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… farmers were happy for us to camp on their land…

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… and the occasional copse brought some relief from the desert…

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But the nights were increasingly cold, and the drear October rains were settling in for the long-haul. We spent the last night before Urumqi camping in an ill-advised spot in a muddy field, which deteriorated to a quagmire with overnight rains, and the next day being splattered with road muck by passing trucks, so by the time we rolled up in the city we were a right mess.

Things weren’t helped by the discovery that the hotel we’d booked into online didn’t in fact accept foreigners, and nor did any others nearby. Eventually, the staff of a bigger chain hotel took pity on us, and directed us to their sister hotel which could take us. Getting there involved me riding in someone’s car, while the husband  of one of the hotel employees jumped onto my fully-laden bike, suit and all, and wobbled off gleefully with John in tow. Trying not to be too nervous for my bike, for him, or for any pedestrians unfortunate enough to be between him and the destination, we simply had to let go any attempt to control the situation and leave fate in the hands of the Great Spaghetti Monster. The bike turned up at the hotel intact – apparently the guy only ran into three pedestrians on the way – and the only remaining embarrassment was the trail of black water we and the bikes left across the hotel’s pristine foyer (though no one seemed to mind).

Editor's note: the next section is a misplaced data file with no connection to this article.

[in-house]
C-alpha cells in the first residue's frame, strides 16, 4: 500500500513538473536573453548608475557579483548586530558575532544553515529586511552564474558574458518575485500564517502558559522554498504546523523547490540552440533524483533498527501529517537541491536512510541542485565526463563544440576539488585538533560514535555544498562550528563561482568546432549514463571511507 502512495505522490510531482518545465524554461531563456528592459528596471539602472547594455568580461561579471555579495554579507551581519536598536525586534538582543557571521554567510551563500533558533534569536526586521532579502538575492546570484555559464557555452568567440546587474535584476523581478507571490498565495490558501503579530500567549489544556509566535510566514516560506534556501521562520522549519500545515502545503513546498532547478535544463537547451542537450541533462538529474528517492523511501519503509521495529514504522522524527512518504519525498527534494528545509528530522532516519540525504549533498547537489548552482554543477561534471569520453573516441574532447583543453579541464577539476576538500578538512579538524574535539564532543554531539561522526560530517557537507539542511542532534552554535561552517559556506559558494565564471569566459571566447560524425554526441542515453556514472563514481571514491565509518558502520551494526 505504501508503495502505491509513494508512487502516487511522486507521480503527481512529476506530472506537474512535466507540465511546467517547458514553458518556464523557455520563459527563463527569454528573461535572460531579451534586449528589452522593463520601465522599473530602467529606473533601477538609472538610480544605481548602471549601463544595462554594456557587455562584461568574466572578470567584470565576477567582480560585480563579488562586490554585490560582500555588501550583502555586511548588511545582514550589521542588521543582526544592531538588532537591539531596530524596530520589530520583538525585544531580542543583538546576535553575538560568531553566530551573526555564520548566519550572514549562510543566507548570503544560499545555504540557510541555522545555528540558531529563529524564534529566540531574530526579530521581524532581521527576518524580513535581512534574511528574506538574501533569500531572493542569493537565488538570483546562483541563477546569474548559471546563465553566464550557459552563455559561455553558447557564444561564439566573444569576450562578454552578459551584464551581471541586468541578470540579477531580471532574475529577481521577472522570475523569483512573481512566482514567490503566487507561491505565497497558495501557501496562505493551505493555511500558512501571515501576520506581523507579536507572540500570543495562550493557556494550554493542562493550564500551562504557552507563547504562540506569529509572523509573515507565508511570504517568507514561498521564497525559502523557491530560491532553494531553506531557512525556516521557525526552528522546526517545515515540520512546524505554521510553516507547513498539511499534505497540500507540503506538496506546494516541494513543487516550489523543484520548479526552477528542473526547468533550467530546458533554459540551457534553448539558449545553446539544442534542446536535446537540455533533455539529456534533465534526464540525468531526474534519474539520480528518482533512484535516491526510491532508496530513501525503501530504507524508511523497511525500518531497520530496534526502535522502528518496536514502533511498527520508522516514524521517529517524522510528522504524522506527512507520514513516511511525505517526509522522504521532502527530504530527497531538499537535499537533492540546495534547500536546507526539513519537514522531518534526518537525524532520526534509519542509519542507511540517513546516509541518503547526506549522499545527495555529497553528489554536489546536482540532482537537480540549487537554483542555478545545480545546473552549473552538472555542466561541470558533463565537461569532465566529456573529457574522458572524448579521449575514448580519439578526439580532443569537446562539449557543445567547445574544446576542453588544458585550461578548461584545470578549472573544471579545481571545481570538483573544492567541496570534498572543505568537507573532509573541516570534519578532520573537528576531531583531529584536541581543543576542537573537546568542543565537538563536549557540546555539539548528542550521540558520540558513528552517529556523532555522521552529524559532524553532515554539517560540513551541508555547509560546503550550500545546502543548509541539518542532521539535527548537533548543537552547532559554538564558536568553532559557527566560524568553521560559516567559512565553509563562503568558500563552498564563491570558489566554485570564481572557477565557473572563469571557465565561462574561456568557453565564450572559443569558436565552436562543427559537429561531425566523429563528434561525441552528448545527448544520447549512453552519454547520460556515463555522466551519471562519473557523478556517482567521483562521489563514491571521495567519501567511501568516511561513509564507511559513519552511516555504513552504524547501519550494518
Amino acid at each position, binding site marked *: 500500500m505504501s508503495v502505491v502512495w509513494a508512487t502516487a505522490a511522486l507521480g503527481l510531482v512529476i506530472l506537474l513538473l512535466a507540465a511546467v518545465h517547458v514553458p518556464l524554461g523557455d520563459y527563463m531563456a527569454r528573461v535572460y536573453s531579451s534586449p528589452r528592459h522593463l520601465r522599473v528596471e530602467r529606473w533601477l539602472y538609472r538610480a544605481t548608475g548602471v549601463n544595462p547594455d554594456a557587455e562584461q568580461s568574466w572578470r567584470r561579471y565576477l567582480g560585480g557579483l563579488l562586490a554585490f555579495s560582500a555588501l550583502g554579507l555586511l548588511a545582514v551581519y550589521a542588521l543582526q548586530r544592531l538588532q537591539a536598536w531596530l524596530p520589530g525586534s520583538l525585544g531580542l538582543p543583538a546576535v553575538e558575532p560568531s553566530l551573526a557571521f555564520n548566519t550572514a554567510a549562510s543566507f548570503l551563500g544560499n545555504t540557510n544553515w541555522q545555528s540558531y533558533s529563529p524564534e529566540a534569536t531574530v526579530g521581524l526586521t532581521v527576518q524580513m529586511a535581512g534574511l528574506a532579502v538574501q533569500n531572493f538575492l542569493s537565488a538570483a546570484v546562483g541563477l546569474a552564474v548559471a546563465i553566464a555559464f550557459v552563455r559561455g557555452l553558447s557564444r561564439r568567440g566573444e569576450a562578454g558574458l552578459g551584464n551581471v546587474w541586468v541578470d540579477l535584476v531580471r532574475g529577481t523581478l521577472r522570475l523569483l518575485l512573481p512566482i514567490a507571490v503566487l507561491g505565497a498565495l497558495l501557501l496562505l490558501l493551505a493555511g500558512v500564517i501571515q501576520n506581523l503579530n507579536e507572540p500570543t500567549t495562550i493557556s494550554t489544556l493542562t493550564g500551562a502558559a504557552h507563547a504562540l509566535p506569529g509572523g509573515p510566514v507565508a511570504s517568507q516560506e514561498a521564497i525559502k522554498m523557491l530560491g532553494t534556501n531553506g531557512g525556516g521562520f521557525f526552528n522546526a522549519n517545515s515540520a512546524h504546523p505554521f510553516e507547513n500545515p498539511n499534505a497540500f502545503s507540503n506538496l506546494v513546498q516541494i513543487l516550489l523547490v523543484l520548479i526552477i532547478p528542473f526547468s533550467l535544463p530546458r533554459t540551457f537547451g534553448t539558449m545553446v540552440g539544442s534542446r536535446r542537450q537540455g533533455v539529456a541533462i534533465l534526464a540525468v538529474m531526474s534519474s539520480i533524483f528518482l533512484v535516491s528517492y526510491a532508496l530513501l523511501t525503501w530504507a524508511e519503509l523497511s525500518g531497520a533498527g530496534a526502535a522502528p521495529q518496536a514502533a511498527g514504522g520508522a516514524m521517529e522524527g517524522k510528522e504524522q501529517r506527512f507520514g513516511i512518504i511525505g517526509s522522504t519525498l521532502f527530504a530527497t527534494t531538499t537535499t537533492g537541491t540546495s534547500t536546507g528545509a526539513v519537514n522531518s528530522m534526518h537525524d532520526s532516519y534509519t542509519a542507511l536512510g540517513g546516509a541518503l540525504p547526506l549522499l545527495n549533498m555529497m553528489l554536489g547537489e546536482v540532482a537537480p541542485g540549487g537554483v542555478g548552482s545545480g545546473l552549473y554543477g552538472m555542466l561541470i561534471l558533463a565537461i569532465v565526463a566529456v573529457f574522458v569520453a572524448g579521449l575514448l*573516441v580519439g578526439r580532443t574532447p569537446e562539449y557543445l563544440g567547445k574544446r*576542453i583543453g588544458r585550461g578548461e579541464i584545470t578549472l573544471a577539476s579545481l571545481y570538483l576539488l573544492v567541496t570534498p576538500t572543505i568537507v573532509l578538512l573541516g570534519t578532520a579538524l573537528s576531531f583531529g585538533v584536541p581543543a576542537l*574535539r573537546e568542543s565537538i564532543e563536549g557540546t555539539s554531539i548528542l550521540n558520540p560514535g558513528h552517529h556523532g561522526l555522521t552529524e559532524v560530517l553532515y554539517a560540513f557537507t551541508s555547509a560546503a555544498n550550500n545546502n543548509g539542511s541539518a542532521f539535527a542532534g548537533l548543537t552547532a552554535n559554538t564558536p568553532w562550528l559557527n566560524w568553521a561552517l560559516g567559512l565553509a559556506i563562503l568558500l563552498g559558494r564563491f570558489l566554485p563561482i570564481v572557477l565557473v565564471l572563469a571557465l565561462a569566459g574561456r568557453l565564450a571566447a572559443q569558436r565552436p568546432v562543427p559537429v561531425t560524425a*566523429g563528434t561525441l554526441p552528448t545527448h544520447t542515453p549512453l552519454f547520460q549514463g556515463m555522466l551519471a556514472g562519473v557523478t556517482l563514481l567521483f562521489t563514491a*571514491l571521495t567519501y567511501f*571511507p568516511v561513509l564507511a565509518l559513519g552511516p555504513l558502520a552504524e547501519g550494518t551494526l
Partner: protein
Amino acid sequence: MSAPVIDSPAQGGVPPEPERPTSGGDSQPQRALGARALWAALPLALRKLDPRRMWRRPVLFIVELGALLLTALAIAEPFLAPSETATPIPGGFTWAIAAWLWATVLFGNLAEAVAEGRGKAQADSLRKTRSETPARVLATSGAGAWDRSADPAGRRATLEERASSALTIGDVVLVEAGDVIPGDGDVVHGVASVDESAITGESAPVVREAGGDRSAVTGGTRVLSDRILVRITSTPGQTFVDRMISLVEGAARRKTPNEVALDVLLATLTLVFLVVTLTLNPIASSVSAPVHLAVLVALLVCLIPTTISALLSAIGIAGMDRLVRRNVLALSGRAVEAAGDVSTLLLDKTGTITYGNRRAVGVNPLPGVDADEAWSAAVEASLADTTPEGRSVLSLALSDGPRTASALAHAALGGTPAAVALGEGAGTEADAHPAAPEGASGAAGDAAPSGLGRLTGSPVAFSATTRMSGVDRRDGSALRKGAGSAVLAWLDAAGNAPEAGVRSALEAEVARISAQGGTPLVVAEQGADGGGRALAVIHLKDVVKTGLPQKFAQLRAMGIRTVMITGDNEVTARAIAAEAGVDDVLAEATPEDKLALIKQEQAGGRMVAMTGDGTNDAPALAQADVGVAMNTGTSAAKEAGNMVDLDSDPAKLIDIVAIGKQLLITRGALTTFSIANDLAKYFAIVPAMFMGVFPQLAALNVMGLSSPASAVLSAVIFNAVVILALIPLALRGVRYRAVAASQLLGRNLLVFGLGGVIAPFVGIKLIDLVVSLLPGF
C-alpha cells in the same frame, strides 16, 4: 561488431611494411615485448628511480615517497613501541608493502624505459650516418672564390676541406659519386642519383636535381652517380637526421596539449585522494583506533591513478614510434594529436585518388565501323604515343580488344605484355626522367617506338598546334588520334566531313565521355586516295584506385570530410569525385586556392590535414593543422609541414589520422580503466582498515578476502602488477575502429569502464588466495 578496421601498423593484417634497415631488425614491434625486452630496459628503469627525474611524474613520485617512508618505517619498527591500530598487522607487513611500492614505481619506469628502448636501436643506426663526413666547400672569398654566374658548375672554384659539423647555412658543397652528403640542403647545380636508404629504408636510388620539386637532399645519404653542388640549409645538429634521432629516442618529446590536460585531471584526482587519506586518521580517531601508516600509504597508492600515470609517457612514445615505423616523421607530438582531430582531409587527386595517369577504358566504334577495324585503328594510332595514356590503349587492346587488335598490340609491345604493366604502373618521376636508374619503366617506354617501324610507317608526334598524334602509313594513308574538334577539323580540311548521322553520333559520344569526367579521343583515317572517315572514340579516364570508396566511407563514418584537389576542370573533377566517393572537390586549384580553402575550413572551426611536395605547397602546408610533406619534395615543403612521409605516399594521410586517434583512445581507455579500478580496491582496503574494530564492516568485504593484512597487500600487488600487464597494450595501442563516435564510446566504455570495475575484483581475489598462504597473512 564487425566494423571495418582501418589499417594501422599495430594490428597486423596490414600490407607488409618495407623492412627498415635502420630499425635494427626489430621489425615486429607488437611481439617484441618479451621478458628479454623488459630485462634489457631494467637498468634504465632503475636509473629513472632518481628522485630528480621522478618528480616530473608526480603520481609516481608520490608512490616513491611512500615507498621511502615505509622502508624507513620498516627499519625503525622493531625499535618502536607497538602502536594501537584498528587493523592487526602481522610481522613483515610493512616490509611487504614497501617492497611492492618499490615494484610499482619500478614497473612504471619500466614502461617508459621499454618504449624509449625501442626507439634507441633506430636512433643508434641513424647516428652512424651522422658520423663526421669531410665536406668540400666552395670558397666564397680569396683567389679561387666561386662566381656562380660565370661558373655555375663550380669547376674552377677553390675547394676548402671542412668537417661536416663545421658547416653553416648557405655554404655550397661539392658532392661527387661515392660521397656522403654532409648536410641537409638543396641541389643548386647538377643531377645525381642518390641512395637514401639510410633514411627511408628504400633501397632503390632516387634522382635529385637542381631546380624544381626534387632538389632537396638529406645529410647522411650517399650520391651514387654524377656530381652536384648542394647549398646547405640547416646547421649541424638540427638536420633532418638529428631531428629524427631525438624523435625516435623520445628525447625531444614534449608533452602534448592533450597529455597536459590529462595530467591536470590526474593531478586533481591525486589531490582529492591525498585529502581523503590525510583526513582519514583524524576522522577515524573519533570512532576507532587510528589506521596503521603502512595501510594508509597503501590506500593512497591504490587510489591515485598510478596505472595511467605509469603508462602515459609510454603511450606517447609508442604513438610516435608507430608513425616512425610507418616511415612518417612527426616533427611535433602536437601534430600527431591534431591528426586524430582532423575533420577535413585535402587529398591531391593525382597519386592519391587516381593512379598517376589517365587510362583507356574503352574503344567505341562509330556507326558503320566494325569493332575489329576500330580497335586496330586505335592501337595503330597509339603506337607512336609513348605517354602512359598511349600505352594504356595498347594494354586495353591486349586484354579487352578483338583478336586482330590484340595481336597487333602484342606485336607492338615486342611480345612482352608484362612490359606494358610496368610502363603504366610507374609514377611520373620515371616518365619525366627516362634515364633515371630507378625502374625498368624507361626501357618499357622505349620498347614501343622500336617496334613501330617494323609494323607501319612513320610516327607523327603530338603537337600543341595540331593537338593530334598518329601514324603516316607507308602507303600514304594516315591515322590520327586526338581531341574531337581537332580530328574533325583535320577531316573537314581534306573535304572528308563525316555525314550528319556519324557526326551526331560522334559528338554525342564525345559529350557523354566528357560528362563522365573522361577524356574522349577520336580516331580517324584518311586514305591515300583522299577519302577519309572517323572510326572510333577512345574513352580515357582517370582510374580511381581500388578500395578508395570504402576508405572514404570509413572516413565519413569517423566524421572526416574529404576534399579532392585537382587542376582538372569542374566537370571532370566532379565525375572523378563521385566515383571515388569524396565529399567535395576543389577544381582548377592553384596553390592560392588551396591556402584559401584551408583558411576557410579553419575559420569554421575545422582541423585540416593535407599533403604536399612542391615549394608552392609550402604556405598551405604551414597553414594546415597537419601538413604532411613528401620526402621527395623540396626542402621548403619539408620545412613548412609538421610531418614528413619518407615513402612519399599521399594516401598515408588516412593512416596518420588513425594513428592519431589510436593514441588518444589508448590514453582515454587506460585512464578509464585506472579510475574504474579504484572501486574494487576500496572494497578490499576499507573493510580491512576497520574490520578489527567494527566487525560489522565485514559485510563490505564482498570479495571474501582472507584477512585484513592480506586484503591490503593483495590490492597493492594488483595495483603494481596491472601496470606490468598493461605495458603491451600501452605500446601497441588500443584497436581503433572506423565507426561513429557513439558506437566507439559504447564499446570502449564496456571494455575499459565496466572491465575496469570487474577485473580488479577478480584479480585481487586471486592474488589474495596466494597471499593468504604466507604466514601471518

As it turned out, luck was with us: the hotel was relatively cheap (they gave us a VIP discount despite our muddiness making us feel like very unimportant people) and for around £15/ night we got a spotless, clean room, reminiscent of a British Travelodge but with a bigger telly – all the better to watch Chinese non-news on. And, rather than catering to suicidal guests’ afterlife with a bible, the room instead demonstrated the hotel’s desire to preserve their customers in this one, by providing emergency gas masks:

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Urumqi was huge for a provincial capital, and although lacking in touristic charm, had a great energy and buzz. It happens to be the most land-locked city in the world, being about 2,500km from the nearest coastline – quite possibly the Caspian coastline from which we’d cycled. Although not every street had segregated cycle paths, it did have some fabulous features like the underground roundabouts for two-wheelers, reminiscent of a bumper-car circuit: